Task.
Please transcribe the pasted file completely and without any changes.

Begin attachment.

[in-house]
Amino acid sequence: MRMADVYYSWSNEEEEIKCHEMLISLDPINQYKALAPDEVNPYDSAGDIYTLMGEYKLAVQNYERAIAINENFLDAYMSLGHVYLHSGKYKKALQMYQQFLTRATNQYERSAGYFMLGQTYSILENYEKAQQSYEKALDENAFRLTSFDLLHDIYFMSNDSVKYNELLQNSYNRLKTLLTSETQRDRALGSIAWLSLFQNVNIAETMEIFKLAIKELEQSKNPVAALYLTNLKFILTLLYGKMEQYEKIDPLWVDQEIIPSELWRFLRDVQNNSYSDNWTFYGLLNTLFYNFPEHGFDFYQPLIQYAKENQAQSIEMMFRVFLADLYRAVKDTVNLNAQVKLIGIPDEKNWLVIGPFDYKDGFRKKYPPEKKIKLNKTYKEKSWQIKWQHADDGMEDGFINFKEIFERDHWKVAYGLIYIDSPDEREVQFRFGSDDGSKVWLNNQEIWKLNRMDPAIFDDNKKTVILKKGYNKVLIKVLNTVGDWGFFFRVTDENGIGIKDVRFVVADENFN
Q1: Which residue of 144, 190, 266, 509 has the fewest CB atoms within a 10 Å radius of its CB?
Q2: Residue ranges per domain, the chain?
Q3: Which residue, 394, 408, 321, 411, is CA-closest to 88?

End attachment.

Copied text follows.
[in-house]
Amino acid sequence: MRMADVYYSWSNEEEEIKCHEMLISLDPINQYKALAPDEVNPYDSAGDIYTLMGEYKLAVQNYERAIAINENFLDAYMSLGHVYLHSGKYKKALQMYQQFLTRATNQYERSAGYFMLGQTYSILENYEKAQQSYEKALDENAFRLTSFDLLHDIYFMSNDSVKYNELLQNSYNRLKTLLTSETQRDRALGSIAWLSLFQNVNIAETMEIFKLAIKELEQSKNPVAALYLTNLKFILTLLYGKMEQYEKIDPLWVDQEIIPSELWRFLRDVQNNSYSDNWTFYGLLNTLFYNFPEHGFDFYQPLIQYAKENQAQSIEMMFRVFLADLYRAVKDTVNLNAQVKLIGIPDEKNWLVIGPFDYKDGFRKKYPPEKKIKLNKTYKEKSWQIKWQHADDGMEDGFINFKEIFERDHWKVAYGLIYIDSPDEREVQFRFGSDDGSKVWLNNQEIWKLNRMDPAIFDDNKKTVILKKGYNKVLIKVLNTVGDWGFFFRVTDENGIGIKDVRFVVADENFN
Q1: Which residue of 144, 190, 266, 509 has the fewest CB atoms within a 10 Å radius of its CB?
Q2: Residue ranges per domain, the chain?
Q3: Which residue, 394, 408, 321, 411, is CA-closest to 88?